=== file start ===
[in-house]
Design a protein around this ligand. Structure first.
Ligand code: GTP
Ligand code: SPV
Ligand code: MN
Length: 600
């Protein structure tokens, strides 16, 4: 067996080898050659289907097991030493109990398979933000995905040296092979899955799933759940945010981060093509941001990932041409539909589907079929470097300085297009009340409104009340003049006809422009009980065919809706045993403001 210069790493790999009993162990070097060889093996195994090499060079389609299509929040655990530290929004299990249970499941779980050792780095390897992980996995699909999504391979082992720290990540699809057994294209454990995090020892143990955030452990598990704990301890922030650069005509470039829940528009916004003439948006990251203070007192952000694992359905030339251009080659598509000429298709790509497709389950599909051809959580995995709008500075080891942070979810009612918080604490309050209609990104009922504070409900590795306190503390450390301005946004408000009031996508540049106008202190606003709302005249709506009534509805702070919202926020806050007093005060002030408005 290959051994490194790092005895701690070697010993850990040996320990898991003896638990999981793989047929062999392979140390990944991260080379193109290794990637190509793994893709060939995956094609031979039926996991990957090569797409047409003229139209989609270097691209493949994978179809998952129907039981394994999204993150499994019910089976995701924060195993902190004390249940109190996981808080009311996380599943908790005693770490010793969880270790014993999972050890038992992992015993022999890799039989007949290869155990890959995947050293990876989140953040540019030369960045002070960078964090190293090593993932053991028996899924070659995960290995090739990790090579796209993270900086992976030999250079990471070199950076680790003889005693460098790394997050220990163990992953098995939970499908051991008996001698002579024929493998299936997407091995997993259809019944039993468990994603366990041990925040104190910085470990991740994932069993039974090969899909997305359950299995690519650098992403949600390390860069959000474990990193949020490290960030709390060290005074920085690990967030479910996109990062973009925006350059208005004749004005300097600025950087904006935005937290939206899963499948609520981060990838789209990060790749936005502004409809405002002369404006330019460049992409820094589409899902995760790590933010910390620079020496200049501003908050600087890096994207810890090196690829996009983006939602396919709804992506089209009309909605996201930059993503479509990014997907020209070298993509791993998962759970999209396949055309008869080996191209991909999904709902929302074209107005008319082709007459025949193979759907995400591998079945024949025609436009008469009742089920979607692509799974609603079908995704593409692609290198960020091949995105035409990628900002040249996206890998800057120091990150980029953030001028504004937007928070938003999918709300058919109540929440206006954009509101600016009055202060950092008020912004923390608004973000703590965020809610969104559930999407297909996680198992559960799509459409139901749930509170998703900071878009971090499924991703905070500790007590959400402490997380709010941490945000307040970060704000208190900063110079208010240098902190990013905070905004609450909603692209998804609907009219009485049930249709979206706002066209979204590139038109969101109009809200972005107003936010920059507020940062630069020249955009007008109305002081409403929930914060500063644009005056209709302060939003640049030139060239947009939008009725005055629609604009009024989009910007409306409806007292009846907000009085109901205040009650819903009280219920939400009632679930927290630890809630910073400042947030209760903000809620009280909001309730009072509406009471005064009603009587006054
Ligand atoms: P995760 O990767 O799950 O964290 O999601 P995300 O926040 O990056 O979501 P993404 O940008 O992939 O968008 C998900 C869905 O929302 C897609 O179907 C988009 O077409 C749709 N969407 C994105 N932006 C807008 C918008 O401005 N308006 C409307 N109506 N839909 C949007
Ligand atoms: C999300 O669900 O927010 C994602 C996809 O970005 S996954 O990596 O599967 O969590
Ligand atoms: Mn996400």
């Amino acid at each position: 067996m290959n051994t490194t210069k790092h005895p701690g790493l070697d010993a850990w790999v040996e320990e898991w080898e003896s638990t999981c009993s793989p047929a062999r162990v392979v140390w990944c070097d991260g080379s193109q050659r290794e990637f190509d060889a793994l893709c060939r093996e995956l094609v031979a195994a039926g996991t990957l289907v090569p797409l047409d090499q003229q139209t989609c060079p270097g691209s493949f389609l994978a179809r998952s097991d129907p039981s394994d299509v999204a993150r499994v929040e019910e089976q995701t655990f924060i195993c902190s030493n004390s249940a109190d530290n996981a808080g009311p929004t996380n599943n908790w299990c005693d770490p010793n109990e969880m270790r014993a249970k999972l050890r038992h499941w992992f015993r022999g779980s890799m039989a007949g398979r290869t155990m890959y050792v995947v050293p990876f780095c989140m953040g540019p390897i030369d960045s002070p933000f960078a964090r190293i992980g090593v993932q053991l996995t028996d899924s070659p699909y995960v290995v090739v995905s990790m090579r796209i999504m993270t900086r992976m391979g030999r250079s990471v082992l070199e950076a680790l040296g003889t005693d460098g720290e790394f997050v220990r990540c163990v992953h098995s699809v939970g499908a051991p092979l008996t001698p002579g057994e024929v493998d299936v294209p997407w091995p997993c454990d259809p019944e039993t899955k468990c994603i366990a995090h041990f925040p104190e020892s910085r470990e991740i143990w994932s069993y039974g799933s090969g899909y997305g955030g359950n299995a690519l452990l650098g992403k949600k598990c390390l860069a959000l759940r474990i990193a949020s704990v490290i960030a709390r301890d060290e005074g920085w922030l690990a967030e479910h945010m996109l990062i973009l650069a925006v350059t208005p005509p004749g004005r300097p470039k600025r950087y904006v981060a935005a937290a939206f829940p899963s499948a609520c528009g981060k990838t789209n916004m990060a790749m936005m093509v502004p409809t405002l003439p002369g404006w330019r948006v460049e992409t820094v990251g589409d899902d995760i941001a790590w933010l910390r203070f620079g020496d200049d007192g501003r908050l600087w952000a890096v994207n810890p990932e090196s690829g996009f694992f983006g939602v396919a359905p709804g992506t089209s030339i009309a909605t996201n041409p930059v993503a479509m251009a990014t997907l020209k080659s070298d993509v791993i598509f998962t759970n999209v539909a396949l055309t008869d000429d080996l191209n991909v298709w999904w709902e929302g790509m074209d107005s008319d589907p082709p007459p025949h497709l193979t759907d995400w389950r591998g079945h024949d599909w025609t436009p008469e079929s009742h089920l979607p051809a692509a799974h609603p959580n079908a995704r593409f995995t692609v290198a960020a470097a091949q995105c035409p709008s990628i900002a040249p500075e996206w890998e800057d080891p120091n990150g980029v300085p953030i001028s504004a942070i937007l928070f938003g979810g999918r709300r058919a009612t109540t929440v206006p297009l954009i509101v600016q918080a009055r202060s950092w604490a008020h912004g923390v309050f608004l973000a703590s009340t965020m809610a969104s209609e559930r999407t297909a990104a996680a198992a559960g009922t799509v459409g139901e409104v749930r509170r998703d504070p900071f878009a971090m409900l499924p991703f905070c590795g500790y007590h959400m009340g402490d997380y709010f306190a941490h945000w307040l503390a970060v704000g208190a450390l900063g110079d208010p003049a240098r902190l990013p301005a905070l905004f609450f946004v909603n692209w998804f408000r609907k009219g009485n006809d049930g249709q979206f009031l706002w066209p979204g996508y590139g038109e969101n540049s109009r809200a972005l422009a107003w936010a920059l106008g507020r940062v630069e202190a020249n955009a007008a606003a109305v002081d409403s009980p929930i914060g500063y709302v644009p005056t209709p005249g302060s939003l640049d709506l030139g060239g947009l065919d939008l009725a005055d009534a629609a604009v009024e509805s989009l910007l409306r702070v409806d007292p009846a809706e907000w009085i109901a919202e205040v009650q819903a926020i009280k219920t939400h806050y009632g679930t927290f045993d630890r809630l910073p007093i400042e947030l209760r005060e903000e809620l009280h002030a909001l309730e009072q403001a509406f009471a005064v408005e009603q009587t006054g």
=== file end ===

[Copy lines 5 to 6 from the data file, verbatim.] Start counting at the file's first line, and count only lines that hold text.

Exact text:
Ligand code: MN
Length: 600